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Frog legs

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Frogs' legs are one of the better-known delicacies of French and Cantonese cuisine. They are also eaten in other regions, such as the Caribbean, the region of Alentejo, in Portugal, northwest Greece, Piemonte in Italy, Spain and the Midwest southern regions of the United States.

Left: Frog legs French style.

A type of frog called the edible frog is most often used for this dish. They are often said to taste like chicken because of their mild flavor, with a texture most similar to chicken wings.

This dish is in the English-speaking world traditionally associated with French cuisine, and a favourite pejorative English nickname for the French is the Frogs. The frog legs are particularly traditional in the region of the Dombes (département of Ain) and in the region of Lyon, where they are traditionally prepared with butter, garlic and parsley sauce and often served only with a salad or steamed rice. The dish is common as well in French speaking parts of Louisiana, particularly the Cajun areas of Southern Louisiana as well as New Orleans.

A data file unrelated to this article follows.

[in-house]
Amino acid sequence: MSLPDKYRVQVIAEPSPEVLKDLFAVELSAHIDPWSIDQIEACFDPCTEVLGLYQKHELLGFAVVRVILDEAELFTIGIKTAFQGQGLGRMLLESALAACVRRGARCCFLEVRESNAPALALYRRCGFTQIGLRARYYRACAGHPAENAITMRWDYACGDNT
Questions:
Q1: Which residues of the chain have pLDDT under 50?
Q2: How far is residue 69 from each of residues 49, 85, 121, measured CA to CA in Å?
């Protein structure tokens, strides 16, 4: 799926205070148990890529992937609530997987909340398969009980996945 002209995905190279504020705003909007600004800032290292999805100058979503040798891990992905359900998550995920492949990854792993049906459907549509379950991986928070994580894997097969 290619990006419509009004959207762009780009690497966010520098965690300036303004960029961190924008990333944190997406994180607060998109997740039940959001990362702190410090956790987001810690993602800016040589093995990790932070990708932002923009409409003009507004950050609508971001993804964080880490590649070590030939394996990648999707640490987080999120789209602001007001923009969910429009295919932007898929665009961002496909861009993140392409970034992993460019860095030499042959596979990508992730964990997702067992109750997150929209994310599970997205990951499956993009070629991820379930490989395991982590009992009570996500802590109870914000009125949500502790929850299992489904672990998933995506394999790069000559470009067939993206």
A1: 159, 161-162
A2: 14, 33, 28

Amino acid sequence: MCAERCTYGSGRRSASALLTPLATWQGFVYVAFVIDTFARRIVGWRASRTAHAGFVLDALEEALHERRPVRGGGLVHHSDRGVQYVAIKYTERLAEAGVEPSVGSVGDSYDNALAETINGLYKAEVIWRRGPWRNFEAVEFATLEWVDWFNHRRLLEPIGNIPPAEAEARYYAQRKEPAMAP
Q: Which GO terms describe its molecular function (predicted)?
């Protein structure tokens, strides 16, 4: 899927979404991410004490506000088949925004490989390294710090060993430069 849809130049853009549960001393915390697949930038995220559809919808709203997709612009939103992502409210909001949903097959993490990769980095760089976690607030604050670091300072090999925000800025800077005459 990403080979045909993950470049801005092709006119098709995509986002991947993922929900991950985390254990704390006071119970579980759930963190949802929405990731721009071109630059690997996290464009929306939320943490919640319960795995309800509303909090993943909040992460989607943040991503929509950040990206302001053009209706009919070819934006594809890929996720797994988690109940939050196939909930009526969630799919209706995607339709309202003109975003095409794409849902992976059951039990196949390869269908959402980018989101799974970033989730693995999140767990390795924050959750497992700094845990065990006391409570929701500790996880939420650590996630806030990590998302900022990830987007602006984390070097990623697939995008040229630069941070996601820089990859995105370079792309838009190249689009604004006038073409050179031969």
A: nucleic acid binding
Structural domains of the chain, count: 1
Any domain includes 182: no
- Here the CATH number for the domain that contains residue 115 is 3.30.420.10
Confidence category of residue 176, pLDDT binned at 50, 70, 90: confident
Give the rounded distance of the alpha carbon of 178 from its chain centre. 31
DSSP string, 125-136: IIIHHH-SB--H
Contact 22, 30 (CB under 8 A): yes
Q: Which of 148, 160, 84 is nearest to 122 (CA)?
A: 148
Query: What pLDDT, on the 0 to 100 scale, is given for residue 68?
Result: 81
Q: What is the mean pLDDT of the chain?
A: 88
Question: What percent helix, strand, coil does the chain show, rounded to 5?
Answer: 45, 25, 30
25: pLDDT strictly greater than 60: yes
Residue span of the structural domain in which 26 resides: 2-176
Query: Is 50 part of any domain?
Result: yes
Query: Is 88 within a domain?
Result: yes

Only the upper joint of the hind leg is served, which has a single bone similar to the upper joint of a chicken or turkey wing. They are commonly prepared by frying or deep-frying, sometimes breaded and sometimes unbreaded.

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Frogs are raised commercially in certain countries, e.g. Vietnam. Frog muscle does not resolve rigor mortis as quickly as warm-blooded muscle (chicken, for example), so heat from cooking can cause fresh frog legs to twitch.

Left: A bag of frog legs from Vietnam.

 

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